The questions for proponents of a local option tax for the towns in the Mad River Valley are getting much more specific and detail-oriented.

At least that was the case on January 31 at a public meeting in Fayston when members of a subcommittee of the Mad River Valley Planning District’s steering committee presented the Mad River Valley – Funding Local Opportunities (MRV-FLO) proposal.

The proposal calls for the member towns of the planning district to vote to adopt a charter that enacts a 1 percent tax on rooms, meals, alcohol and retails sales in Warren, Waitsfield and Fayston, raising about $1 million, of which $700,000 would be retained and managed locally for community projects.


Although specific details of the funding priorities are evolving as the subcommittee takes its presentation from town to town, the current thinking is that funds would be used for community projects including workforce housing and transportation, recreation, destination marketing as well as administration and a reserve fund.

The funds would be managed by a commission working under the planning district. That commission would include two representatives per town, one elected and the other appointed by the select board. Communities and municipal groups would submit applications for grants from the commission, which would hold public hearings to consider them.


At last week’s meeting, which was attended by people from all three towns, the subcommittee members were peppered with questions about specific details of the application process, the definition of affordable or workforce housing, the details of spending priorities and how those could or would adapt and many others.

The fact that the state of Vermont collects rooms and meals tax on Airbnb rentals due to a deal struck two years ago was raised. Under that deal Airbnb makes its payments to the state of Vermont with its hosts anonymized, which means that the extra 1 percent that is collected from towns with LOTs is retained by the state. Some of those present at last week’s meeting were irked by that and irked that funds spent on destination marketing could bring in more Airbnb visitors from whom The Valley would not collect the extra tax.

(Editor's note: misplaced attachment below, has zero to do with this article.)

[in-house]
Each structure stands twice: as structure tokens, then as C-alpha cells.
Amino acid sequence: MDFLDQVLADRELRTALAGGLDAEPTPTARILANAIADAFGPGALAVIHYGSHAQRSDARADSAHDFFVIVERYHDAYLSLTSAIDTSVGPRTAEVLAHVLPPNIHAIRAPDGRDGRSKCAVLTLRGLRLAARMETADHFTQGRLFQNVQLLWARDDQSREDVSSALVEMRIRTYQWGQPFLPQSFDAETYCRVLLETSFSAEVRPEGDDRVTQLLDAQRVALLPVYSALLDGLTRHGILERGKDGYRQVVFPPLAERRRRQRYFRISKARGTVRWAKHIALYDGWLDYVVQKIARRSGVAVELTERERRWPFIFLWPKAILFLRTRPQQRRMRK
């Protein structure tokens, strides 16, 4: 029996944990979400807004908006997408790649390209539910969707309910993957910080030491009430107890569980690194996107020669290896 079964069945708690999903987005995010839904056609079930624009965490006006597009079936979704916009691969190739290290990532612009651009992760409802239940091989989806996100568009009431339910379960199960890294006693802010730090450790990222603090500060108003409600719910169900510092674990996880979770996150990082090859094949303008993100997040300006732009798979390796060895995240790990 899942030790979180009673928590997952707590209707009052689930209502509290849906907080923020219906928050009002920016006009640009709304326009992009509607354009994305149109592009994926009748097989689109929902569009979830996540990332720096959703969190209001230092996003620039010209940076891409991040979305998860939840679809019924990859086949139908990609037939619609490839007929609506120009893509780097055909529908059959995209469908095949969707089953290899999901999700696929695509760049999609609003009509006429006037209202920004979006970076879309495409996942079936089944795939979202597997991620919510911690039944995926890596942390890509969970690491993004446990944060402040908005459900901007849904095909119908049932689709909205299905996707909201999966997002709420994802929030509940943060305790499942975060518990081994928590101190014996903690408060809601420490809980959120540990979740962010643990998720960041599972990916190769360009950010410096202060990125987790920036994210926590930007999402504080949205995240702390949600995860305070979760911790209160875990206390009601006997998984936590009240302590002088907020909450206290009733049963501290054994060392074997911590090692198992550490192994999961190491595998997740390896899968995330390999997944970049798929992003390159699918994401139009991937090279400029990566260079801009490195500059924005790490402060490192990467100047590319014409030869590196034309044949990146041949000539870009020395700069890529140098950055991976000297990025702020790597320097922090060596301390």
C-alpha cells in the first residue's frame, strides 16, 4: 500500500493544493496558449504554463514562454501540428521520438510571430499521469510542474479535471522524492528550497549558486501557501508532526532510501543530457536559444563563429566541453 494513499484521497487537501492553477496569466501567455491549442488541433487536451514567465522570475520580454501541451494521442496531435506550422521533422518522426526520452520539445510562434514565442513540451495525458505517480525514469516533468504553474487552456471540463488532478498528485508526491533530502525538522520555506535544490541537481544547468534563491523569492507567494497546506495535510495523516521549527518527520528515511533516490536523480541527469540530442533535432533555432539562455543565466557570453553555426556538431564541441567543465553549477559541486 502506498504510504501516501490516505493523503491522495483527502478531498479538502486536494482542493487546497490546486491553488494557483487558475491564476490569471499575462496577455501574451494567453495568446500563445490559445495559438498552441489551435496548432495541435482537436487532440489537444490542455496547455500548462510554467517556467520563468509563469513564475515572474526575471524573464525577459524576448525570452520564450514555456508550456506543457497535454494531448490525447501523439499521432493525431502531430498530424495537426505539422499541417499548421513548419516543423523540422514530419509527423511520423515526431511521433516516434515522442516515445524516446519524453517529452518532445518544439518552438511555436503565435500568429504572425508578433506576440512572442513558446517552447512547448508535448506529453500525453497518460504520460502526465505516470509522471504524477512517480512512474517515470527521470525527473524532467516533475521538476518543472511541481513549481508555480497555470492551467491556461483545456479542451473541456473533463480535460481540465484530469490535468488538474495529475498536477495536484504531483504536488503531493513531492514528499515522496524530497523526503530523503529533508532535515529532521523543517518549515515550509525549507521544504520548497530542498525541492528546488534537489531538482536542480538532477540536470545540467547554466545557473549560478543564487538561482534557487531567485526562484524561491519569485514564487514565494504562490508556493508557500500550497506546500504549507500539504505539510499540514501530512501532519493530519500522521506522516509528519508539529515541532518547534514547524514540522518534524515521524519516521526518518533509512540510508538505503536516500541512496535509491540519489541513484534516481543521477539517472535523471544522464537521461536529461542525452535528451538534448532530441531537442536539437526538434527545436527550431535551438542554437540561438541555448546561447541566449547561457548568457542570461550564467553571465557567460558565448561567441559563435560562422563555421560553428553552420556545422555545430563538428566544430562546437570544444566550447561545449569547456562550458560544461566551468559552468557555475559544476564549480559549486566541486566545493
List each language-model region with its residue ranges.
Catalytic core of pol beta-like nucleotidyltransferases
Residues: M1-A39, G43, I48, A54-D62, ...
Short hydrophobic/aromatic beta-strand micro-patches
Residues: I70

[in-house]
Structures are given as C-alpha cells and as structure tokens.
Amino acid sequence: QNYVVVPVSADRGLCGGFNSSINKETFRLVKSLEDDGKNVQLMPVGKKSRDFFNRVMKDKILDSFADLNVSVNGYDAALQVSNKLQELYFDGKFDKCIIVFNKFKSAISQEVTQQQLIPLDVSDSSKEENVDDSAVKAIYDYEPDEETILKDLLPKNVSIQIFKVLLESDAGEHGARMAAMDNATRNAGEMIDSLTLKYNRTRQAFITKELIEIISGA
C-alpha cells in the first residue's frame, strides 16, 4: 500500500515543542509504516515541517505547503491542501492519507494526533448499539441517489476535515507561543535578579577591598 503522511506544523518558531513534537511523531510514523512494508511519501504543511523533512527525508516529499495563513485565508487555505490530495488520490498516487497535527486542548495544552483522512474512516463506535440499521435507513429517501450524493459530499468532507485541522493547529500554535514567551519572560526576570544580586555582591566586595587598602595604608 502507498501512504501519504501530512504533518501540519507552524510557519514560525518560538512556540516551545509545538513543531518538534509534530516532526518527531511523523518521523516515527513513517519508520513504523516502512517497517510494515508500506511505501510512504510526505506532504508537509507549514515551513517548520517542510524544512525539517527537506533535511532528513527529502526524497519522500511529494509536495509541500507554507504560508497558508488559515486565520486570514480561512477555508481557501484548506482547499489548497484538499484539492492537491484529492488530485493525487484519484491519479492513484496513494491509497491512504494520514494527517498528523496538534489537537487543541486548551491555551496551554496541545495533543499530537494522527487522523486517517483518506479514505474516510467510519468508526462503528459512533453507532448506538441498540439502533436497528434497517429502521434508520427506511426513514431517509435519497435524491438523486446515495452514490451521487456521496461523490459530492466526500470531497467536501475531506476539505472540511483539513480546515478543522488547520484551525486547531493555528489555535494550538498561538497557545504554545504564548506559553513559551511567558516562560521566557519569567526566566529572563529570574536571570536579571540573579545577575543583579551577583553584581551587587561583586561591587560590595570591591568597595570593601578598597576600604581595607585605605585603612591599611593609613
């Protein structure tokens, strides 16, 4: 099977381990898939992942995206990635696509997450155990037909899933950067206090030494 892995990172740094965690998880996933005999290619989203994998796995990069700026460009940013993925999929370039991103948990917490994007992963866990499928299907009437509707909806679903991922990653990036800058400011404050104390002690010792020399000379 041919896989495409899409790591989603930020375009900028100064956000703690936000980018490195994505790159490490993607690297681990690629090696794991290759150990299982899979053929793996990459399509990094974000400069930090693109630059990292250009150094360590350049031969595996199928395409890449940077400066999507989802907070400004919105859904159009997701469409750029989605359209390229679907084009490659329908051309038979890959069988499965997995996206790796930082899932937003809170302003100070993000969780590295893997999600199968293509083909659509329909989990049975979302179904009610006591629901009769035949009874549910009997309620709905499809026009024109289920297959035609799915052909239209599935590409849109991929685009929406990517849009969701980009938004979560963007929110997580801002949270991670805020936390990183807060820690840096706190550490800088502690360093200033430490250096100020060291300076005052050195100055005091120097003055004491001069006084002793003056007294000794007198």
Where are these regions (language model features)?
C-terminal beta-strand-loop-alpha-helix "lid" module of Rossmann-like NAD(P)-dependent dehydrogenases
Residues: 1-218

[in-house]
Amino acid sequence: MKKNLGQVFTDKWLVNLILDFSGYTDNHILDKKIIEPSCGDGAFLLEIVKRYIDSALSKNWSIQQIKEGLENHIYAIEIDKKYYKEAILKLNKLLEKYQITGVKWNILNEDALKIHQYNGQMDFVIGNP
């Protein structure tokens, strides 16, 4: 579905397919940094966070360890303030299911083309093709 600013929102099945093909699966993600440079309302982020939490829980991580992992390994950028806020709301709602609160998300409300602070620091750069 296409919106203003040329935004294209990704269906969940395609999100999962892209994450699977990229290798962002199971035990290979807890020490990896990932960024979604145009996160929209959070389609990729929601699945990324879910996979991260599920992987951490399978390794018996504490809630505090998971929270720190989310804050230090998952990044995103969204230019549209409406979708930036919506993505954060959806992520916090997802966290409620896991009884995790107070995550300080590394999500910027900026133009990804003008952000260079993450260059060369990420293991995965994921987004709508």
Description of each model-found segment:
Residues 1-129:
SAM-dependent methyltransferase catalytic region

Jared Cadwell, Fayston Select Board chair and member of the MRV-FLO subcommittee, explained that that state legislators and the Vermont League of Cities and Towns were well aware of that shortcoming. Peter MacLaren, the Mad River Valley Chamber of Commerce representative to the MRV-FLO subcommittee, explained that there were very concerted efforts to address that when the state renegotiates with Airbnb.


Those present asked very detailed questions about targeted spending priorities among the areas identified and asked how those decisions were made and how they could change over time. They asked for a five-year strategic plan, similar to a forest management plan in which members of the public could participate in creating.

Members of the MRV-FLO subcommittee explained the iterative process they’d gone through to arrive at some general priorities – including endowing a Mad River Valley Housing Coalition with $350,000 a year, spending $170,000 on recreation, $100,000 on destination marketing and $40,000 on public transportation.

Bob Ackland, Warren Select Board member and MRV-FLO subcommittee member, noted that based on 2015 data, the recreation trails at Blueberry Lake added $1.8 million to The Valley’s economy. He said that if destination marketing could smooth out the peaks and valleys of tourism in The Valley by bringing 300 more people per day, it could add $8.5 million to the local economy.

There were questions about whether Waitsfield is going to pursue its own LOT. Darryl Forrest, a member of the Waitsfield Select Board and the subcommittee, said that the town had taken no direct action toward that, but that the town had reviewed a proposal to create a three-town LOT via a memorandum of understanding between the three towns rather than a planning district charter.